Our SEO study will be coming out soon.

  2. Interesting post and comments. Just downloaded the WP for review. I have also read some preliminary opinions and Google’s position that they won’t treat the new gTLD’s any differently. We are in discussions with a client that was granted a .bank TLD and concerned about making the switch. If you’ve read Verisign’s tome on the subject, it’s a basic marketing primer- virtually nothing on the strategy of when or how to switch or what the expected effect might be. Once we decided which variant to implement for brand reasons, the recommendation was to get it live now as a landing page/redirect to trudge through the “new listing” period, and launch their new web site next year using the new domain. We’ll see.

    Of course, to qualify for .bank, you have to be one, and prove it. It’s probably not like that for .diamonds- we did nothing to secure .agency, for instance. But I can’t help but think that domains that require a qualification and vetting process to secure would eventually be associated with greater relevance and credibility on the web, and therefore should eventually come out on top in natural search. And SEM works better with sites that do well in natural search. It’s not scientific, but your findings make sense. Now I’ll go read the paper.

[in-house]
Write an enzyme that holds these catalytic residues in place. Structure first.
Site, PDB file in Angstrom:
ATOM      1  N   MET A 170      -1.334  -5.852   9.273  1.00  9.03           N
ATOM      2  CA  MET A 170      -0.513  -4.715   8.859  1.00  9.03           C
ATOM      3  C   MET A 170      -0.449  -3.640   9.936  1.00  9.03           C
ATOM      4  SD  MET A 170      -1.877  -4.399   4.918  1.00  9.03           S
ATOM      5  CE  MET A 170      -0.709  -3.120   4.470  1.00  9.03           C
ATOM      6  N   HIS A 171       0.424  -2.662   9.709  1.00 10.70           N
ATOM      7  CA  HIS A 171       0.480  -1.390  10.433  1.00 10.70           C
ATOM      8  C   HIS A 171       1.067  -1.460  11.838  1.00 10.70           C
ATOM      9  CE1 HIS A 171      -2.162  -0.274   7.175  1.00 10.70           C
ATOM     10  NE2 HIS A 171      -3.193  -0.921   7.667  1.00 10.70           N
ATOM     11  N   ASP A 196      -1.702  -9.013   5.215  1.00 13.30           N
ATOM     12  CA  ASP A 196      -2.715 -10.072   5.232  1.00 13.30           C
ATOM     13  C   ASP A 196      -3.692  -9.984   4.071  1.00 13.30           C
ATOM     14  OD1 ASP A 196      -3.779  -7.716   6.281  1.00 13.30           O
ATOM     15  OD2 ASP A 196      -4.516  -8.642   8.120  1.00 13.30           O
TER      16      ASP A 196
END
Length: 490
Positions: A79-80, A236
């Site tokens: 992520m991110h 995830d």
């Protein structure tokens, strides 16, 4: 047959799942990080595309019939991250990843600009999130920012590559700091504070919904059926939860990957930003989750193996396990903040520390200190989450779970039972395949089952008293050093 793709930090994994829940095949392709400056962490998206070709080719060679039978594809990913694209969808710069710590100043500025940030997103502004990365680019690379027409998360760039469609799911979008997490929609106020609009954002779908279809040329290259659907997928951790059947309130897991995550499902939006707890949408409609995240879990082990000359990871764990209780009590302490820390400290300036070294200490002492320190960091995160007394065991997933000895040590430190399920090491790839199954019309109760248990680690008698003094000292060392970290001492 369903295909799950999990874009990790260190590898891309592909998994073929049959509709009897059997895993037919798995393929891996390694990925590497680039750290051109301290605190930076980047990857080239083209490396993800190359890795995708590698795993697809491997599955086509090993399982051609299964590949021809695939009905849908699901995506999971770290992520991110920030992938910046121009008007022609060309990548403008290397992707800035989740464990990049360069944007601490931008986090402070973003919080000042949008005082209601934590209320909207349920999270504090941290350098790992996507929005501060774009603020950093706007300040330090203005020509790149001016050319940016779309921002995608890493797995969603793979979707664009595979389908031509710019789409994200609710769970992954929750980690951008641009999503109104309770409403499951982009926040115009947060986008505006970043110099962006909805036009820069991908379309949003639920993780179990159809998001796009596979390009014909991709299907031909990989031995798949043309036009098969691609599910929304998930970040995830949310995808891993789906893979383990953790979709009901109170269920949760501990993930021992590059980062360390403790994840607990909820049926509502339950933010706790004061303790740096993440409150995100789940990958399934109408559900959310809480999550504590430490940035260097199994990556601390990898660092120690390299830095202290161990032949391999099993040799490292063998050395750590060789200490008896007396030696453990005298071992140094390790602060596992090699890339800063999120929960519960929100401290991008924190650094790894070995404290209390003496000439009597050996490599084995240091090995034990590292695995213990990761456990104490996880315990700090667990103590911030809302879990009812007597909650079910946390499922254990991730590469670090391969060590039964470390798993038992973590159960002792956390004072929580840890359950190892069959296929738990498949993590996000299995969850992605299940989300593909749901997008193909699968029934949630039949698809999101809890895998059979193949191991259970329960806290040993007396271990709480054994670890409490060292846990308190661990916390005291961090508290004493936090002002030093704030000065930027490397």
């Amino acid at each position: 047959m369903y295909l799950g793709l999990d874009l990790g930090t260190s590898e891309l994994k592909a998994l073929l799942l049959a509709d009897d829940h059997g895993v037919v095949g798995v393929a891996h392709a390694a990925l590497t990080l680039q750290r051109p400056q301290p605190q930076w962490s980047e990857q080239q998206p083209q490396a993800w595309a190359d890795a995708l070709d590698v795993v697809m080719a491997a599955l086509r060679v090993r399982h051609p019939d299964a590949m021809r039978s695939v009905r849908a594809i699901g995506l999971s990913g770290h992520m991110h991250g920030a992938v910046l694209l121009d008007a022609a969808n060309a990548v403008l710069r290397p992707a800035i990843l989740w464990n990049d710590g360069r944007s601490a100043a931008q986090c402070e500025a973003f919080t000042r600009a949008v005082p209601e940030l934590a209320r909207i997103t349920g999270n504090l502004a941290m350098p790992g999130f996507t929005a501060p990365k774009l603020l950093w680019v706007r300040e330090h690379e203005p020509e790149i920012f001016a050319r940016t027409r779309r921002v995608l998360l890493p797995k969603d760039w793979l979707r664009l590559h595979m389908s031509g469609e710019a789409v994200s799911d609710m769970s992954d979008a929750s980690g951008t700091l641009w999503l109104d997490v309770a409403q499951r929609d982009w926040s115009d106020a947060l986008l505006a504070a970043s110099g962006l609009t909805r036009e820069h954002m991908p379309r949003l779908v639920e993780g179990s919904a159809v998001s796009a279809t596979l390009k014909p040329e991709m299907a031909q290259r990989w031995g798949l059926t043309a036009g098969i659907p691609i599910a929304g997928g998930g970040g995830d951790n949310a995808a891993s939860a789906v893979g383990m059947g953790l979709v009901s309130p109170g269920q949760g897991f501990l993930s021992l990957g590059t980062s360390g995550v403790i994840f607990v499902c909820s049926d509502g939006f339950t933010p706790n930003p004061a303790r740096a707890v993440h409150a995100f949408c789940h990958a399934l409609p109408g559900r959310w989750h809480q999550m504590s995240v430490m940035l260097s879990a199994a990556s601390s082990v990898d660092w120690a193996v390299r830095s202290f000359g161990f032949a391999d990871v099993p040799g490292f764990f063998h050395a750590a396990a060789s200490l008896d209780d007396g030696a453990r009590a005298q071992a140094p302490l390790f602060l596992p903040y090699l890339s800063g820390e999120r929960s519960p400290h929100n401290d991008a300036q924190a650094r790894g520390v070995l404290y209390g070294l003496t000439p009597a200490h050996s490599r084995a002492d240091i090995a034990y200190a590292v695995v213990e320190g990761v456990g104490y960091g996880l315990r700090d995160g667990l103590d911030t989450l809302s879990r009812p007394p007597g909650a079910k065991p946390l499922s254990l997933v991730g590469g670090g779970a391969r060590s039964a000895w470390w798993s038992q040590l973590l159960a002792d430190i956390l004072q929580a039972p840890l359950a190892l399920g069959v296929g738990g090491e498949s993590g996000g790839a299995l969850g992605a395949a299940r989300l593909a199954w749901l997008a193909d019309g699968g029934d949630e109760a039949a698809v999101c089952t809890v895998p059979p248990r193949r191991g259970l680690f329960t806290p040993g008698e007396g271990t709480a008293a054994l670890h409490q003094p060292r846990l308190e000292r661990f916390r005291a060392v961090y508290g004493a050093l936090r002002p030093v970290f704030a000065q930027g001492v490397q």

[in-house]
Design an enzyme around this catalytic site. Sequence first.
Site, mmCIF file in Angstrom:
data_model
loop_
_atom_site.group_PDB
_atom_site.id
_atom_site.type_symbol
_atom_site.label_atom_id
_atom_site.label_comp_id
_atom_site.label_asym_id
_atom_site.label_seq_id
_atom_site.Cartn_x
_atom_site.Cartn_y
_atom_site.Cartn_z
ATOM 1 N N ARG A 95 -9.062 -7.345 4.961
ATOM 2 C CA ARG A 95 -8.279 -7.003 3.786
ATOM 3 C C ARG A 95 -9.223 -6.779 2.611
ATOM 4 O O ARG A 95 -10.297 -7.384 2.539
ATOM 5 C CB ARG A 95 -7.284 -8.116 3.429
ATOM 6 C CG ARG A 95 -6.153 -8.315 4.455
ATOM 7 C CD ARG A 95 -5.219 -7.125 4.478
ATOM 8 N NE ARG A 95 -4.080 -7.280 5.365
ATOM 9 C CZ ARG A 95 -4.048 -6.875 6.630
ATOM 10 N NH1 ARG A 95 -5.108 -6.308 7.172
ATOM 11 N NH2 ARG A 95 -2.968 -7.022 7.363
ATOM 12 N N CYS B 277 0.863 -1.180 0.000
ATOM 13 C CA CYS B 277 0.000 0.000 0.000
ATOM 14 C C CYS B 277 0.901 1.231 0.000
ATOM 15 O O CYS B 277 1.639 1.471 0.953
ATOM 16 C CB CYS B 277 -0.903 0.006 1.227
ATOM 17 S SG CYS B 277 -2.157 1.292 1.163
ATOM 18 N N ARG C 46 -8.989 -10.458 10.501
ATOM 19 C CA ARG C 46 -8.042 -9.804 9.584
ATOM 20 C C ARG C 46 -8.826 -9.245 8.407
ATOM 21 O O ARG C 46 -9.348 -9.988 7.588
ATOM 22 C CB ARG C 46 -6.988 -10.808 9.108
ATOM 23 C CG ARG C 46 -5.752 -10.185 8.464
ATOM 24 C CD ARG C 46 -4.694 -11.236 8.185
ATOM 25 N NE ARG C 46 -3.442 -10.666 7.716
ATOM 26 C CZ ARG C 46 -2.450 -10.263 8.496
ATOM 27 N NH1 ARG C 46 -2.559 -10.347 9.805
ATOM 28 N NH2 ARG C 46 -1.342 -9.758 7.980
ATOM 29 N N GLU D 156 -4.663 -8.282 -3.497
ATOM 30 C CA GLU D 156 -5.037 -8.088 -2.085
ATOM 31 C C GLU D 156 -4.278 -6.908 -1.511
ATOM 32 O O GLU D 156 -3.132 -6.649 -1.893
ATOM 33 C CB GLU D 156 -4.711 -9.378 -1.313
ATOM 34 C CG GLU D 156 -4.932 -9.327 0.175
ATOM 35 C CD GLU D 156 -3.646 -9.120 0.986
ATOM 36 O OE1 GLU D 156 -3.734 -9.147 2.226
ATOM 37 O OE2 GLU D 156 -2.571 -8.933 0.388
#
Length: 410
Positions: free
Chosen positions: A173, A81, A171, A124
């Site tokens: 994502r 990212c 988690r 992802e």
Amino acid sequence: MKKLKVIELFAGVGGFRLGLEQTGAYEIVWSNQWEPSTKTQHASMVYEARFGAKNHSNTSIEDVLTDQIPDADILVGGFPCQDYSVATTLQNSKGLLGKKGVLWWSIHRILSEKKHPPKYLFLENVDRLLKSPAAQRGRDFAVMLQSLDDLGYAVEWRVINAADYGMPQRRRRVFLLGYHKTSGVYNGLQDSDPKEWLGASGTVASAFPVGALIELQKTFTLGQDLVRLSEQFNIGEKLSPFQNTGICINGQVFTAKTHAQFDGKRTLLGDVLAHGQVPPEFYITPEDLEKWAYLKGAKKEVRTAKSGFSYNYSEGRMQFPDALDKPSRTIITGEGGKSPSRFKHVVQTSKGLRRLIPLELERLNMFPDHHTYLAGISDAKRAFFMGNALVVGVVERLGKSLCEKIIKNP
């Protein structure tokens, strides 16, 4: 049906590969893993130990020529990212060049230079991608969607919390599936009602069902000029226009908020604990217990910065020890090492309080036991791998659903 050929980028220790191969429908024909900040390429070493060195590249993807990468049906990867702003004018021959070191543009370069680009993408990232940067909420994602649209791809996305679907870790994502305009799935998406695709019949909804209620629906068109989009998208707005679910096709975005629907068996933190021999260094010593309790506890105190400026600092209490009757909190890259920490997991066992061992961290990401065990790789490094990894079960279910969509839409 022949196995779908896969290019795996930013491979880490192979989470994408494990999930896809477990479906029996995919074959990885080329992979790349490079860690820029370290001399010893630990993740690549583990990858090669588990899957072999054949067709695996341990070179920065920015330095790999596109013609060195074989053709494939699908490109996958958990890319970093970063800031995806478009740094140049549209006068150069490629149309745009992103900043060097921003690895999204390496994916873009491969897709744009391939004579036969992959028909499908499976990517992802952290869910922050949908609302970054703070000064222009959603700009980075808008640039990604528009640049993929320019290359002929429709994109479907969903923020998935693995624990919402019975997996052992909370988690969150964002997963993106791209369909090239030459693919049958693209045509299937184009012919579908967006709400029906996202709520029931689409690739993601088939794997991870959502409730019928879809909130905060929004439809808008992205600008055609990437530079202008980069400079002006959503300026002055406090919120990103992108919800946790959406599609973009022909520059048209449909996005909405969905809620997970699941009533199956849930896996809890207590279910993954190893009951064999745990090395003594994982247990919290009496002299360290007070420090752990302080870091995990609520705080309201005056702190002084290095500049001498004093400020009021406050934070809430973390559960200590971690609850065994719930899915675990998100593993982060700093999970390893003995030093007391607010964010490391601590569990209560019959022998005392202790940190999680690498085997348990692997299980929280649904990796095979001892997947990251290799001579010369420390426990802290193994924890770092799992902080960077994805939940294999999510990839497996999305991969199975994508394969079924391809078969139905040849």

1. Post

      Hi Bill,
      From an SEO perspective, I personally think that .bank may be different than the other TLDs since it’s a closed TLD (only banks can get approved). That said, the search engines will need to decide if and when they give .bank domains any bias, just as we’ve historically seen with .gov and .edu sites.

      I wouldn’t worry too much about moving to a new domain (even if it’s a .bank), websites have been moving to new domain names for years now without any major problems. As long as the migration is done properly, there shouldn’t be any issues at all. It’s when sites have duplicates (mirrors) of their site and when they don’t set up the redirects properly that causes issues.